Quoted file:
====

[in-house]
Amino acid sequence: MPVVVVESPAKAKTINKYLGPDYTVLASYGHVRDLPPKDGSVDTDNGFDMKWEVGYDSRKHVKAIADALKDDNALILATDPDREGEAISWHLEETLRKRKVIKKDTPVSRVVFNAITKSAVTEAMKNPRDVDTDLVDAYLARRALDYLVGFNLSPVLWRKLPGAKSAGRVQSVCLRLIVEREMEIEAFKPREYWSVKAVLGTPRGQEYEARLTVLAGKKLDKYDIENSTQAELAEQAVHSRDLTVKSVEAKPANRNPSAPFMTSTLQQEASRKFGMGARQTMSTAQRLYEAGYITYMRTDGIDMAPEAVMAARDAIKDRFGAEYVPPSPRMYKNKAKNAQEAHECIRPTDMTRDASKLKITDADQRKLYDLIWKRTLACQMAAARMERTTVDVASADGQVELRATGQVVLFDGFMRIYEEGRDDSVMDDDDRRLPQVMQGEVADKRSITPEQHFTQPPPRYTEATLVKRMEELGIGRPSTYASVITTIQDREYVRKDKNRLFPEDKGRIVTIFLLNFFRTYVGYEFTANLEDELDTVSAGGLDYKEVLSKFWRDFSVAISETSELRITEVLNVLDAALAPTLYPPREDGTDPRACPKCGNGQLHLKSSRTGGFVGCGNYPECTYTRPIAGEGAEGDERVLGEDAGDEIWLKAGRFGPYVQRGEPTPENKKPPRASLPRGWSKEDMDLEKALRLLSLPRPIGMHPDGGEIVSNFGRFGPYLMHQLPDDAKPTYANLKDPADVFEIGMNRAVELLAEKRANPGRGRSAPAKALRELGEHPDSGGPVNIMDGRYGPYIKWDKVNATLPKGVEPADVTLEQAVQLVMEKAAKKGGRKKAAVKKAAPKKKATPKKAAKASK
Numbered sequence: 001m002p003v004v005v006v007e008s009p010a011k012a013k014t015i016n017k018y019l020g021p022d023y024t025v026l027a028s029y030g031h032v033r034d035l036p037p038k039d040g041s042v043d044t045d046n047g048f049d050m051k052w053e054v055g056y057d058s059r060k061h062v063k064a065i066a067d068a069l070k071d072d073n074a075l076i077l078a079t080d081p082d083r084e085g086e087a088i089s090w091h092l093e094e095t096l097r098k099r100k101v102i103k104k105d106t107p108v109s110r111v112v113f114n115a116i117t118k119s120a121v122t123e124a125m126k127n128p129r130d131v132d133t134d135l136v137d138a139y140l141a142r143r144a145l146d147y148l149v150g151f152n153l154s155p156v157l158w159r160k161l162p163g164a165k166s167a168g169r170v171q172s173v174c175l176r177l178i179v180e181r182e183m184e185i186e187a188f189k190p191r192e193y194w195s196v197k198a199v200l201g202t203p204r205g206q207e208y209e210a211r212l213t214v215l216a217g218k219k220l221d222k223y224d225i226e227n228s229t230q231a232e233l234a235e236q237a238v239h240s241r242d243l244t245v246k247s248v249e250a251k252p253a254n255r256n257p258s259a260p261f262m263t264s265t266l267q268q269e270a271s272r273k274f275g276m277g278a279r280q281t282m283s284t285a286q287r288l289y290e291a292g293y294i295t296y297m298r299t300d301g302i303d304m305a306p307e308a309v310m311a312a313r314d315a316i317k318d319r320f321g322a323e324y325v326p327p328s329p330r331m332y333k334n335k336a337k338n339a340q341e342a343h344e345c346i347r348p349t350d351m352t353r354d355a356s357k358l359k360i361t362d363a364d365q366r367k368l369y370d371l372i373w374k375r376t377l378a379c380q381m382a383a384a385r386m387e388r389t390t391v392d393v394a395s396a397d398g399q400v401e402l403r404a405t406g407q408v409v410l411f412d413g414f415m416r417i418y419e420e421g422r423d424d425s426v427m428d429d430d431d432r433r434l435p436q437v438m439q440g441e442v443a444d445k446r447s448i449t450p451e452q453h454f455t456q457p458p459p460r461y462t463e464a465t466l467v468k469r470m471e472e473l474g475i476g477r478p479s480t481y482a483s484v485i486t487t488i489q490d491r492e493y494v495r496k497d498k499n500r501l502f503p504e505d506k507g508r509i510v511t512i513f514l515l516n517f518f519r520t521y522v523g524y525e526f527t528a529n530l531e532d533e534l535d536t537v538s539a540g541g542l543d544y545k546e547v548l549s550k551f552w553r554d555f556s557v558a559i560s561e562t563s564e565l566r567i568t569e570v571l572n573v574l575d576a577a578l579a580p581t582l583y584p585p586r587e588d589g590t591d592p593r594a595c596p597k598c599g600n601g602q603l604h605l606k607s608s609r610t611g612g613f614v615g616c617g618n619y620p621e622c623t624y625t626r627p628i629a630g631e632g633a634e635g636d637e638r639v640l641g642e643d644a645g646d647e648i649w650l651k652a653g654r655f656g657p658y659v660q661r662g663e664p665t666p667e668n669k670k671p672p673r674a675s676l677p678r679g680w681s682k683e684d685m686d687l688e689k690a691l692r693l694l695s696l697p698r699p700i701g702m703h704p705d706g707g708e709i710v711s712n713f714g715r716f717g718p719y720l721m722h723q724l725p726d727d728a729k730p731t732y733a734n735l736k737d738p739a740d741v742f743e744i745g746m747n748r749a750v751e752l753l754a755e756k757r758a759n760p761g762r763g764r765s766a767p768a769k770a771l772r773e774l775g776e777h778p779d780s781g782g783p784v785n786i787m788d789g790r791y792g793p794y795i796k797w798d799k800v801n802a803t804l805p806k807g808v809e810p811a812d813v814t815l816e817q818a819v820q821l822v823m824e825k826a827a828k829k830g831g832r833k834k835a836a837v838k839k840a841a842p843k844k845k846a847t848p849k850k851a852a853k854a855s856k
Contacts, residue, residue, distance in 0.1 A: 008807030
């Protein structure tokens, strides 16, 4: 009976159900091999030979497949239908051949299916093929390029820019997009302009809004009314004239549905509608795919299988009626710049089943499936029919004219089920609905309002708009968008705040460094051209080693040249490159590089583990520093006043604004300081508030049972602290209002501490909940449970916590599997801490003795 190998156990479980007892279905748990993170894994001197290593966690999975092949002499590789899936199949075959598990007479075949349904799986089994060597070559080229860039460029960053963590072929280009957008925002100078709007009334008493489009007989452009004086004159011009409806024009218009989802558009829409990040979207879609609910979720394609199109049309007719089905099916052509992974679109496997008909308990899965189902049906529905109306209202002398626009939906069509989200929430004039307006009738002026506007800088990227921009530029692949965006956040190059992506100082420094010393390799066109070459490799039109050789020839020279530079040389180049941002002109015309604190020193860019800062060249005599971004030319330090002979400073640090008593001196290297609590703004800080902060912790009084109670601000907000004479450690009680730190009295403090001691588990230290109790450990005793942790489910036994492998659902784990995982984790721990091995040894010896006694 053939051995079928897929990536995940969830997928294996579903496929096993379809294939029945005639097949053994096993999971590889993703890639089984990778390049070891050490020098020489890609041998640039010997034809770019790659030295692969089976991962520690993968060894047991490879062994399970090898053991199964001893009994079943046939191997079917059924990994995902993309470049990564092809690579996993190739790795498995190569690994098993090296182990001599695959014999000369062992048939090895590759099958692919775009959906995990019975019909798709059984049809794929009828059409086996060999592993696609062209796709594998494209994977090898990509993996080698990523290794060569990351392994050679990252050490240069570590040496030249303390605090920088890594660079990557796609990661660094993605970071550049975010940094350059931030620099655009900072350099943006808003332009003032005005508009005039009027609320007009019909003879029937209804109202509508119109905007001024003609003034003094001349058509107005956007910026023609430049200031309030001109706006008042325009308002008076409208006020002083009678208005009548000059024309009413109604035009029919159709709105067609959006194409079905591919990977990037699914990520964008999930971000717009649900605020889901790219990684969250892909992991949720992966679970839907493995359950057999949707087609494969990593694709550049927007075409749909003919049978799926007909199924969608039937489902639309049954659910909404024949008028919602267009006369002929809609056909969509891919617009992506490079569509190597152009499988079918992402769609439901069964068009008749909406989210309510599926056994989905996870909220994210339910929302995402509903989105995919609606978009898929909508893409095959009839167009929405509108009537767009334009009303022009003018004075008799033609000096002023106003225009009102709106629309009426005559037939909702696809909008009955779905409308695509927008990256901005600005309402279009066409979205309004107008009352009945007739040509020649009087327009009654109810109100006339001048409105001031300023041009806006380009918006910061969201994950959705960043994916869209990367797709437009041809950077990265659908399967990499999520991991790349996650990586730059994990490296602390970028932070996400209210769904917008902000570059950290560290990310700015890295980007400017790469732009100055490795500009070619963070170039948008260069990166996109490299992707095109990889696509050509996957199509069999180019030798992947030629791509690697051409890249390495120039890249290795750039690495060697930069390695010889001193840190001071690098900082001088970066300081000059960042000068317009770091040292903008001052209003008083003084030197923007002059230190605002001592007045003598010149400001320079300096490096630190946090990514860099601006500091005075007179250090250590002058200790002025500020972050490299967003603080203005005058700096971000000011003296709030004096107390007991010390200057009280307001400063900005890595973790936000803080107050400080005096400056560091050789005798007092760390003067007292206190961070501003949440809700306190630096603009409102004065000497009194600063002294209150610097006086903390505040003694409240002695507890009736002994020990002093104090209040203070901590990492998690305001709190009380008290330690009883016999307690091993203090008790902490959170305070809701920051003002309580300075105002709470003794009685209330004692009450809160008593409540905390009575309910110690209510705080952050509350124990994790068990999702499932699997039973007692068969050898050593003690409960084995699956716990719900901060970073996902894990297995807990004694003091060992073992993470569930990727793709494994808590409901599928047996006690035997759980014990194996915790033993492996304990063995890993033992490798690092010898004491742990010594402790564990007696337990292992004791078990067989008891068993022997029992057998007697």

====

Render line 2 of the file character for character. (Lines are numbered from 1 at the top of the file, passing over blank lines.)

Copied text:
Amino acid sequence: MPVVVVESPAKAKTINKYLGPDYTVLASYGHVRDLPPKDGSVDTDNGFDMKWEVGYDSRKHVKAIADALKDDNALILATDPDREGEAISWHLEETLRKRKVIKKDTPVSRVVFNAITKSAVTEAMKNPRDVDTDLVDAYLARRALDYLVGFNLSPVLWRKLPGAKSAGRVQSVCLRLIVEREMEIEAFKPREYWSVKAVLGTPRGQEYEARLTVLAGKKLDKYDIENSTQAELAEQAVHSRDLTVKSVEAKPANRNPSAPFMTSTLQQEASRKFGMGARQTMSTAQRLYEAGYITYMRTDGIDMAPEAVMAARDAIKDRFGAEYVPPSPRMYKNKAKNAQEAHECIRPTDMTRDASKLKITDADQRKLYDLIWKRTLACQMAAARMERTTVDVASADGQVELRATGQVVLFDGFMRIYEEGRDDSVMDDDDRRLPQVMQGEVADKRSITPEQHFTQPPPRYTEATLVKRMEELGIGRPSTYASVITTIQDREYVRKDKNRLFPEDKGRIVTIFLLNFFRTYVGYEFTANLEDELDTVSAGGLDYKEVLSKFWRDFSVAISETSELRITEVLNVLDAALAPTLYPPREDGTDPRACPKCGNGQLHLKSSRTGGFVGCGNYPECTYTRPIAGEGAEGDERVLGEDAGDEIWLKAGRFGPYVQRGEPTPENKKPPRASLPRGWSKEDMDLEKALRLLSLPRPIGMHPDGGEIVSNFGRFGPYLMHQLPDDAKPTYANLKDPADVFEIGMNRAVELLAEKRANPGRGRSAPAKALRELGEHPDSGGPVNIMDGRYGPYIKWDKVNATLPKGVEPADVTLEQAVQLVMEKAAKKGGRKKAAVKKAAPKKKATPKKAAKASK